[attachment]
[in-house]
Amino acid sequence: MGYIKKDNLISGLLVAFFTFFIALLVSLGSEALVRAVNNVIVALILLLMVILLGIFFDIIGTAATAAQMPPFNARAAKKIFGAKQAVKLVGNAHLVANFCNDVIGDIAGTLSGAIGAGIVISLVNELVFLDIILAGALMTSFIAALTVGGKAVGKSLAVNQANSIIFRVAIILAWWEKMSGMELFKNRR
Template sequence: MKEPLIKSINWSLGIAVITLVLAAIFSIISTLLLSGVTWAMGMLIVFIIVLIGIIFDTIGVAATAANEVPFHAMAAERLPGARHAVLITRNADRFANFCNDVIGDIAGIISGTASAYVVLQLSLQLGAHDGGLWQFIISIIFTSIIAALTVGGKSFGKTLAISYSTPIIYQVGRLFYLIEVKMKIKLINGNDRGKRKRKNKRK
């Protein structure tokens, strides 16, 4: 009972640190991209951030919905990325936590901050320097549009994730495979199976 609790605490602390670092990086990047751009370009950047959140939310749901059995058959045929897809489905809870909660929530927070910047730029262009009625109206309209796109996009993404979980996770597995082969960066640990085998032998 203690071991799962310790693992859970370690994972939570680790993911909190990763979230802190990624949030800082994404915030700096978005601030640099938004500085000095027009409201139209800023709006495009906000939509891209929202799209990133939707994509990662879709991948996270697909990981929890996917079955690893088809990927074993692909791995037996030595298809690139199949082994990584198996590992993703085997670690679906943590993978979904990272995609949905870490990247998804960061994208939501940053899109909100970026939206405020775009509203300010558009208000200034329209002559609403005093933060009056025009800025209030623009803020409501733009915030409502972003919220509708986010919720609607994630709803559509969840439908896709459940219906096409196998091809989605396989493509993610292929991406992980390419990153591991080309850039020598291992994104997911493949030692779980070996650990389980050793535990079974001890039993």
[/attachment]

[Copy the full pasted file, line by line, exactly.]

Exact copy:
[in-house]
Amino acid sequence: MGYIKKDNLISGLLVAFFTFFIALLVSLGSEALVRAVNNVIVALILLLMVILLGIFFDIIGTAATAAQMPPFNARAAKKIFGAKQAVKLVGNAHLVANFCNDVIGDIAGTLSGAIGAGIVISLVNELVFLDIILAGALMTSFIAALTVGGKAVGKSLAVNQANSIIFRVAIILAWWEKMSGMELFKNRR
Template sequence: MKEPLIKSINWSLGIAVITLVLAAIFSIISTLLLSGVTWAMGMLIVFIIVLIGIIFDTIGVAATAANEVPFHAMAAERLPGARHAVLITRNADRFANFCNDVIGDIAGIISGTASAYVVLQLSLQLGAHDGGLWQFIISIIFTSIIAALTVGGKSFGKTLAISYSTPIIYQVGRLFYLIEVKMKIKLINGNDRGKRKRKNKRK
């Protein structure tokens, strides 16, 4: 009972640190991209951030919905990325936590901050320097549009994730495979199976 609790605490602390670092990086990047751009370009950047959140939310749901059995058959045929897809489905809870909660929530927070910047730029262009009625109206309209796109996009993404979980996770597995082969960066640990085998032998 203690071991799962310790693992859970370690994972939570680790993911909190990763979230802190990624949030800082994404915030700096978005601030640099938004500085000095027009409201139209800023709006495009906000939509891209929202799209990133939707994509990662879709991948996270697909990981929890996917079955690893088809990927074993692909791995037996030595298809690139199949082994990584198996590992993703085997670690679906943590993978979904990272995609949905870490990247998804960061994208939501940053899109909100970026939206405020775009509203300010558009208000200034329209002559609403005093933060009056025009800025209030623009803020409501733009915030409502972003919220509708986010919720609607994630709803559509969840439908896709459940219906096409196998091809989605396989493509993610292929991406992980390419990153591991080309850039020598291992994104997911493949030692779980070996650990389980050793535990079974001890039993």